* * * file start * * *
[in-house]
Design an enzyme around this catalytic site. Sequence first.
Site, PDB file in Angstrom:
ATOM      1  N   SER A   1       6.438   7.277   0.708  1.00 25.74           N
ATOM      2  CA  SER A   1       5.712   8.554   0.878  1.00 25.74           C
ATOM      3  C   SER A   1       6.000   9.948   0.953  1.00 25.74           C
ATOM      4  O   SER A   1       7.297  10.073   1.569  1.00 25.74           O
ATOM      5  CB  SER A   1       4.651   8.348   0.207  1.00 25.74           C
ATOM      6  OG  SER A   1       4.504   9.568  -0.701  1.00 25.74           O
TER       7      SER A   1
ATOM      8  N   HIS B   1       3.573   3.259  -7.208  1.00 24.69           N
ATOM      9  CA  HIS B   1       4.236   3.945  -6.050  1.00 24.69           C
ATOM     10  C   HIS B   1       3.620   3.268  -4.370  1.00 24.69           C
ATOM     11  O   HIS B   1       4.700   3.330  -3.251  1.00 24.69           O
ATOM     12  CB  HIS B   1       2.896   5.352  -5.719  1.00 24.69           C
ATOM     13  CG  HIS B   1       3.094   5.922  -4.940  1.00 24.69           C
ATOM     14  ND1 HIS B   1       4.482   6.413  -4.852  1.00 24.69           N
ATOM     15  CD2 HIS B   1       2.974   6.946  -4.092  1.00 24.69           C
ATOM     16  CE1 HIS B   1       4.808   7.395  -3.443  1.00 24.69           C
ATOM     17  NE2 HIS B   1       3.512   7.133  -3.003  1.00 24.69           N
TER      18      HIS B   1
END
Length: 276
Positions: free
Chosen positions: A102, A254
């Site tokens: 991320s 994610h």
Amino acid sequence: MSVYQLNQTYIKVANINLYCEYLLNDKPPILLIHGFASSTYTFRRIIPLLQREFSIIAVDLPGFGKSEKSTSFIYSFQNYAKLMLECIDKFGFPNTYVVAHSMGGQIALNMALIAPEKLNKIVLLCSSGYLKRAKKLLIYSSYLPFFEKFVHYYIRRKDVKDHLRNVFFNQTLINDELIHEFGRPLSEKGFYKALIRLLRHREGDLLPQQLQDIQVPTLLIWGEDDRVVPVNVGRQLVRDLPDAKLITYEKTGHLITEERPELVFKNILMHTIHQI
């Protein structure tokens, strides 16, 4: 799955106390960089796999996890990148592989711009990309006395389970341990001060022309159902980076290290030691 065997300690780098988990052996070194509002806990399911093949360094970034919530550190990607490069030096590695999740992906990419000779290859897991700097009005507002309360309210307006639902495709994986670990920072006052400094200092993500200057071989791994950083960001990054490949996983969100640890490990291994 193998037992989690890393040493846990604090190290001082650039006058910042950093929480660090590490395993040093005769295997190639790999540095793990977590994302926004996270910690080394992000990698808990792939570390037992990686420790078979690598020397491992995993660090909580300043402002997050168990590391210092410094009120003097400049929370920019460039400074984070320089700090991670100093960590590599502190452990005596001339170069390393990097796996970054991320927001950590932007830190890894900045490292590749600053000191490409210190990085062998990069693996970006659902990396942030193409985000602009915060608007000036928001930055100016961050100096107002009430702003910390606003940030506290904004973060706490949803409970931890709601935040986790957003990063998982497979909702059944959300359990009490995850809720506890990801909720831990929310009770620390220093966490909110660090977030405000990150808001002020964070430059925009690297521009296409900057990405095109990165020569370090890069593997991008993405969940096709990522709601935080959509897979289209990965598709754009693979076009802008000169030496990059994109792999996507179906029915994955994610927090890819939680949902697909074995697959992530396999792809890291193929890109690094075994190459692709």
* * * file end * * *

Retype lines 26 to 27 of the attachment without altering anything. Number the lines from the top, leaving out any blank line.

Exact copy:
């Site tokens: 991320s 994610h």
Amino acid sequence: MSVYQLNQTYIKVANINLYCEYLLNDKPPILLIHGFASSTYTFRRIIPLLQREFSIIAVDLPGFGKSEKSTSFIYSFQNYAKLMLECIDKFGFPNTYVVAHSMGGQIALNMALIAPEKLNKIVLLCSSGYLKRAKKLLIYSSYLPFFEKFVHYYIRRKDVKDHLRNVFFNQTLINDELIHEFGRPLSEKGFYKALIRLLRHREGDLLPQQLQDIQVPTLLIWGEDDRVVPVNVGRQLVRDLPDAKLITYEKTGHLITEERPELVFKNILMHTIHQI